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How to share Thought Provoking Activities for Preschoolers Preschooler Skip

A study conducted by the University of Michigan reported in Science Daily suggests preschoolers actively contribute to their own development of learning about their world. Of course, this is hardly earth-shattering news to any parent who has had to answer an unending salvo of “why” questions from their preschooler in response to what they foolishly thought was an innocuous statement. Because they have such an innate curiosity about the world, developing thought-provoking activities for your preschoolers doesn’t require much effort.

Treasure Hunts

Indoors or out, treasure hunts are ideal thought-provoking activities for preschoolers. Decide on a premise for the treasure hunt, such as nature, pirates or a holiday theme. Hide rewards around the house or yard and create a map that leads your preschooler on a treasure trail. Include a clue with each hidden reward that your preschooler must decipher before proceeding to the next step, such as solving a word game or math problem. If you have chosen a nature theme for the treasure hunt, make up a riddle about an animal, such as “I live in a hole, have two big ears, two big teeth, love carrots and like to hop. What animal am I?” Just remember to keep the clues age appropriate, or you will end up having to solve your own riddles.

Be Like Plato

Preschoolers are oh so much smarter than mothers often give them credit for. Unlike when you were little, today’s preschoolers sometimes seem to know things that you didn’t learn until you graduated high school. So, if you have a 4-year-old going on 40, try turning the tables on your little inquisitor with “Socratic Inquiry.” Modeled and named after his mentor and best buddy, Socrates, the Greek philosopher Plato designed a method of teaching known as the Socratic method, where the teacher is actually a guide. So, when your little gal asks why her favorite dress doesn’t fit any more, why sunglasses make it look darker or why she got left out of your wedding pictures, ask her what she thinks before you give her the answer. Right or wrong, her answer will make her think about her questions. However, the philosophical premise that people have all the answers to all their own questions doesn’t necessarily apply to preschoolers.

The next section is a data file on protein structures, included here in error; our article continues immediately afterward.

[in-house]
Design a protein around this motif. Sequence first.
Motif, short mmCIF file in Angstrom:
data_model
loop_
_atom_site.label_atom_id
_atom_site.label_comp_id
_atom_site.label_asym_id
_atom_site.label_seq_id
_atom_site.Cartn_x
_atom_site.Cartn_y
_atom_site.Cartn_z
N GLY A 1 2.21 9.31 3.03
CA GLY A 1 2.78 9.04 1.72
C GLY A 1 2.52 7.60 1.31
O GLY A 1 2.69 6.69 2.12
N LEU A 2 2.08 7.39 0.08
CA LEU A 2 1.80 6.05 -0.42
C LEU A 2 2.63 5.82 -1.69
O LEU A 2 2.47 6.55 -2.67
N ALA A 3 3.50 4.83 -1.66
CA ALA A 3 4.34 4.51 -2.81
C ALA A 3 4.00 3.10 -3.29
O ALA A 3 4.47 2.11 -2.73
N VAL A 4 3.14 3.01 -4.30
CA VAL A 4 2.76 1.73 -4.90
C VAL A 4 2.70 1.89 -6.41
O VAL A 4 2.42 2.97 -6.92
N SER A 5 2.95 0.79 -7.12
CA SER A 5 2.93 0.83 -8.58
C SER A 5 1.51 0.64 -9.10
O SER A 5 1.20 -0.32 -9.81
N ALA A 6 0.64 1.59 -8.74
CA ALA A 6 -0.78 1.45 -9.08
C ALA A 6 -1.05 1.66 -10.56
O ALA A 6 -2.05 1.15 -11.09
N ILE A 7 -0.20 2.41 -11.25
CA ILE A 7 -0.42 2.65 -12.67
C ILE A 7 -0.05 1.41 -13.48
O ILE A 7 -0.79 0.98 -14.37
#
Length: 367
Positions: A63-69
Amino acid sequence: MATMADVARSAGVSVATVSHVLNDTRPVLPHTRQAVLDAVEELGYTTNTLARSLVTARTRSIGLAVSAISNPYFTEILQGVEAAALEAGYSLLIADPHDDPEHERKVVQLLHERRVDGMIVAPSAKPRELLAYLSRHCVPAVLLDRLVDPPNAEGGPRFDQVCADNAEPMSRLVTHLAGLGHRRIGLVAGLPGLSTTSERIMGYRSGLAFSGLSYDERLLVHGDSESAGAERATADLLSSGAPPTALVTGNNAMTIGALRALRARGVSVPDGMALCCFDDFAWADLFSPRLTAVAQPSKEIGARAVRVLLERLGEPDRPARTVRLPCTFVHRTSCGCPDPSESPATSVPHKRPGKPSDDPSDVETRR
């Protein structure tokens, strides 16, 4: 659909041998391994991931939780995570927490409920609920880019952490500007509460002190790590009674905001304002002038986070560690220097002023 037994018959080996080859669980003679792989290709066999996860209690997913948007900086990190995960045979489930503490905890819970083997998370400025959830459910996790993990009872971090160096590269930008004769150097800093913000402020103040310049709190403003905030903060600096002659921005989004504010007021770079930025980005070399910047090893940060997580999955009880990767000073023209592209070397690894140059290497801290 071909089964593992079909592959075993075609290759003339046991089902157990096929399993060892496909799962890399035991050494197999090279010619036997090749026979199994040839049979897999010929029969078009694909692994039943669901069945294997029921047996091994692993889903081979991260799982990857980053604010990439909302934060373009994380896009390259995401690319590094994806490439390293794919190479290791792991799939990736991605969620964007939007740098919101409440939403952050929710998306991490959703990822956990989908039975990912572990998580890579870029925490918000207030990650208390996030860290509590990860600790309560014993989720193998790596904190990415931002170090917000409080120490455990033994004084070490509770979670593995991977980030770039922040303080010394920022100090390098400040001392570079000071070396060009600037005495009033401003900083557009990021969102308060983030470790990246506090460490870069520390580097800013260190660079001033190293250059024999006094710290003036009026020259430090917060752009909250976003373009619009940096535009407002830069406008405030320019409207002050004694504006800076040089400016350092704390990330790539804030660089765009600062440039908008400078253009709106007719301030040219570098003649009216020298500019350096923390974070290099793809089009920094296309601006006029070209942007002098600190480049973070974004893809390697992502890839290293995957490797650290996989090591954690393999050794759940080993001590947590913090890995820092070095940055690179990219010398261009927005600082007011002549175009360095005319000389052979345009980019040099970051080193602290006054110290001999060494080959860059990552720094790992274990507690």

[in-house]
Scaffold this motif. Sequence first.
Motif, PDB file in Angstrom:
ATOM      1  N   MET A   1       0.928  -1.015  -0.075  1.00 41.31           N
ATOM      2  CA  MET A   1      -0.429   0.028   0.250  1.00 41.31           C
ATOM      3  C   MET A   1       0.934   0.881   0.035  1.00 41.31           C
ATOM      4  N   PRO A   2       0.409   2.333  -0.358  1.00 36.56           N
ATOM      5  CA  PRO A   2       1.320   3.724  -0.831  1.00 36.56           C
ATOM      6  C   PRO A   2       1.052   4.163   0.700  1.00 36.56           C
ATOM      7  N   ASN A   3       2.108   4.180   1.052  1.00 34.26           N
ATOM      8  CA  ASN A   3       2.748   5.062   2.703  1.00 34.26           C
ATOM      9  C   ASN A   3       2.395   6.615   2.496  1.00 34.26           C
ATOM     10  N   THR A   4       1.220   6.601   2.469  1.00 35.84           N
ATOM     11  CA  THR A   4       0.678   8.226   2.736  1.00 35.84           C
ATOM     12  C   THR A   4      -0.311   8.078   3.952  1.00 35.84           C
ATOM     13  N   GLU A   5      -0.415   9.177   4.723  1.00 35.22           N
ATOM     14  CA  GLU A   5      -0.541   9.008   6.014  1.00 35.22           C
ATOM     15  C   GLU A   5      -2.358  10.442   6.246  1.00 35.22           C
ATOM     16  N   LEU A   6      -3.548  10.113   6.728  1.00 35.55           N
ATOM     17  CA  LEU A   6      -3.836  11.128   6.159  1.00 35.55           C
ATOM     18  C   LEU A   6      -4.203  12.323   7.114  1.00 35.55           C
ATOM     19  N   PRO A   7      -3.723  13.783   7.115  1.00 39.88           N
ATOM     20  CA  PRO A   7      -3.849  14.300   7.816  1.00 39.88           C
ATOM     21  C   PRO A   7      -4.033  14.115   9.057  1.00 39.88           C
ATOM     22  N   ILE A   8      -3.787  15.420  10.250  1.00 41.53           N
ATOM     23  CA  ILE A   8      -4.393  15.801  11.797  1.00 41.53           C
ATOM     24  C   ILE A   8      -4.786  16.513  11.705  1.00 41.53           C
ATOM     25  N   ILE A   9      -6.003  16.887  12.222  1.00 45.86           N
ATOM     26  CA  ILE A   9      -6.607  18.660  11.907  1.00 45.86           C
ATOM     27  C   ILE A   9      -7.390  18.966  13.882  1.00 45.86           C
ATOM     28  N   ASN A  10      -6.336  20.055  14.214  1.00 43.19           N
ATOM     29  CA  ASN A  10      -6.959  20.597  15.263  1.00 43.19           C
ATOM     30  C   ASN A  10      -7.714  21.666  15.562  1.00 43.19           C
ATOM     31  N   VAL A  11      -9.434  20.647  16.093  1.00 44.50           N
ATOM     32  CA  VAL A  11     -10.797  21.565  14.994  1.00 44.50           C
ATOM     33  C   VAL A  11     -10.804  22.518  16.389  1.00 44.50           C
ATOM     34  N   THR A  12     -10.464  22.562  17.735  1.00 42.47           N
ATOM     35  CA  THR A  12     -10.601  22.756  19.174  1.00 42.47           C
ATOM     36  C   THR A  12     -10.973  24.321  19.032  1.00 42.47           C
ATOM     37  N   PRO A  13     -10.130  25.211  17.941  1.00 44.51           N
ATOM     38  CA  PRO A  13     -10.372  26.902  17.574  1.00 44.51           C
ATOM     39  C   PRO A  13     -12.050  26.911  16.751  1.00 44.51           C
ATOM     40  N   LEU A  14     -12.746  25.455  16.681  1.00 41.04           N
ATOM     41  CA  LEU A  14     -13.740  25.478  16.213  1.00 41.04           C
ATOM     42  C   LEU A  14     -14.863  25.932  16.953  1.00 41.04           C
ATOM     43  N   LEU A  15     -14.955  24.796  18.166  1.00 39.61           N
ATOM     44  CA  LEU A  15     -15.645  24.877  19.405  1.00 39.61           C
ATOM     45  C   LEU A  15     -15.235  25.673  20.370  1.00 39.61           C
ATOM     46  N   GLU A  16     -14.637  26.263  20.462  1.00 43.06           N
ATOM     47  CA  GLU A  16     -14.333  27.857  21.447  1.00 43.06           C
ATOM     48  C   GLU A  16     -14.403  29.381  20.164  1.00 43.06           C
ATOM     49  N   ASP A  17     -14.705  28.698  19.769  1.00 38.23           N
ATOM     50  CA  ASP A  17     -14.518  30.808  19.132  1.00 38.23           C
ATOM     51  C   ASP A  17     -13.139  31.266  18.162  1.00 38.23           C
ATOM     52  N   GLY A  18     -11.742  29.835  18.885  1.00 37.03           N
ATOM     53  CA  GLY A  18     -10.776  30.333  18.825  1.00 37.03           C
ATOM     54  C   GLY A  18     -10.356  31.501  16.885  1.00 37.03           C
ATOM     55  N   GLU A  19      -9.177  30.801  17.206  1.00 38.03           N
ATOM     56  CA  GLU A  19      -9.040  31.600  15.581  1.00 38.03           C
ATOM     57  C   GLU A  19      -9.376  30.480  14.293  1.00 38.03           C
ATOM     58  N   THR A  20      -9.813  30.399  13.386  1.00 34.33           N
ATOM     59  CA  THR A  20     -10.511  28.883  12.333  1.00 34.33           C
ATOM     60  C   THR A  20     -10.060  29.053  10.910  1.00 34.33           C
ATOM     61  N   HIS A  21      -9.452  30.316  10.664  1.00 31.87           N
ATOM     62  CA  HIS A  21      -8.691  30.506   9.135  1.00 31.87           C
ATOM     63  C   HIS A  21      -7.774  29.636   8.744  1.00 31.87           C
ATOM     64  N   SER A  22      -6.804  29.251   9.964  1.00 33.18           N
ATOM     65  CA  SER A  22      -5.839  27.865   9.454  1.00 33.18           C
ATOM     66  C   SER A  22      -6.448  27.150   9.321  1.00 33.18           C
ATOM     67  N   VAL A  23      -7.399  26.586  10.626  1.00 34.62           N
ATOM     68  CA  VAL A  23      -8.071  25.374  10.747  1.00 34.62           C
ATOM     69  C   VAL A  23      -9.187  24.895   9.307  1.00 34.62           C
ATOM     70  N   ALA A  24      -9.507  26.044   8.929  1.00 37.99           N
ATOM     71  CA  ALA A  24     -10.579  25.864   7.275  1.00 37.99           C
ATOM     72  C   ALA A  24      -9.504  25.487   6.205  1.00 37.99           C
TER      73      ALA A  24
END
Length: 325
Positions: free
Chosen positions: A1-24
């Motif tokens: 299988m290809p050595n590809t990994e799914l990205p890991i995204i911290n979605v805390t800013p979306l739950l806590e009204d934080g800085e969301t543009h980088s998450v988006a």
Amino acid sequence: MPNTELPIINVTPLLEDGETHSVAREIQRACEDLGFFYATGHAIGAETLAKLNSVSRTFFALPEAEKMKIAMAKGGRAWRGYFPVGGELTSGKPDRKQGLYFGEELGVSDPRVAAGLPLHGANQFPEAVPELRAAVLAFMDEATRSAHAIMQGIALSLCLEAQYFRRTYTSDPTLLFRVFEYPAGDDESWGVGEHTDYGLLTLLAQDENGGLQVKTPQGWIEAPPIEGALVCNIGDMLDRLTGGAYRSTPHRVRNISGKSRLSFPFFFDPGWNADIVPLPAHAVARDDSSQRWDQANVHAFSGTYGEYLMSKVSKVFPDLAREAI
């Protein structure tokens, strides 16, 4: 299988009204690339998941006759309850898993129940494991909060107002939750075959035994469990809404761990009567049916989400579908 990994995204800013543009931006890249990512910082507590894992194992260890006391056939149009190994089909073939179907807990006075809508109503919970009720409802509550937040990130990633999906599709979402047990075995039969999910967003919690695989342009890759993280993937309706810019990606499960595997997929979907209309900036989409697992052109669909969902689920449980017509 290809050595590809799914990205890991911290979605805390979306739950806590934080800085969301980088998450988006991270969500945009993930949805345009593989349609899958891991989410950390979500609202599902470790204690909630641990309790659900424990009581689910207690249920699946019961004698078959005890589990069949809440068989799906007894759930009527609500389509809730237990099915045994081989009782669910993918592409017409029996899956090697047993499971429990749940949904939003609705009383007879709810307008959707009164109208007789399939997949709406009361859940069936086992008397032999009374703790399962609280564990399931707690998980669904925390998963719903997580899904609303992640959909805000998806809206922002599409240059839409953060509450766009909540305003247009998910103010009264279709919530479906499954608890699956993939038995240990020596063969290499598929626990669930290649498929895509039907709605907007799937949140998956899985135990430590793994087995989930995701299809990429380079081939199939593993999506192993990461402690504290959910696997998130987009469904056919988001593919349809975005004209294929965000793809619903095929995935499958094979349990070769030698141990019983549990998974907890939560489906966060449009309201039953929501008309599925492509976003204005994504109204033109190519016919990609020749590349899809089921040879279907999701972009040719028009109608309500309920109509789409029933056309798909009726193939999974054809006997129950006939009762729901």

Construction-style educational toys are exceptional thought-provoking activities for your preschoolers, all of which require him to challenge and stretch the limits of his growing little mind. Alphabet blocks will help your preschooler learn to spell; buildable, mechanical-style toys, such as cars and airplanes, help teach engineering skills; and log and erector-style building toys just might help your budding architect become the next William Lamb (that would be the designer of the Empire State Building). Have your preschooler tell a story about his creation or have him try to guess which way the blocks will fall if the tower he is building gets too tall — but be sure to keep him away from the new 40-inch plasma.

Do-it-Yourself Books

As if you need someone to tell you, preschoolers love making up stories, so take advantage of her natural inclination for prevarication and exaggeration. Have your preschooler make up a story or tell about the time she visited the zoo, took a trip with her grandparents, or lost her first tooth and how much money the Tooth Fairy left her. Help her make a book out of construction paper and look through old magazines together for appropriate pictures to paste in her book. Ask her, “What do you want to tell people who will read your story?” and write out the text for her — just don’t be too upset if she insinuates the Tooth Fairy is a cheapskate.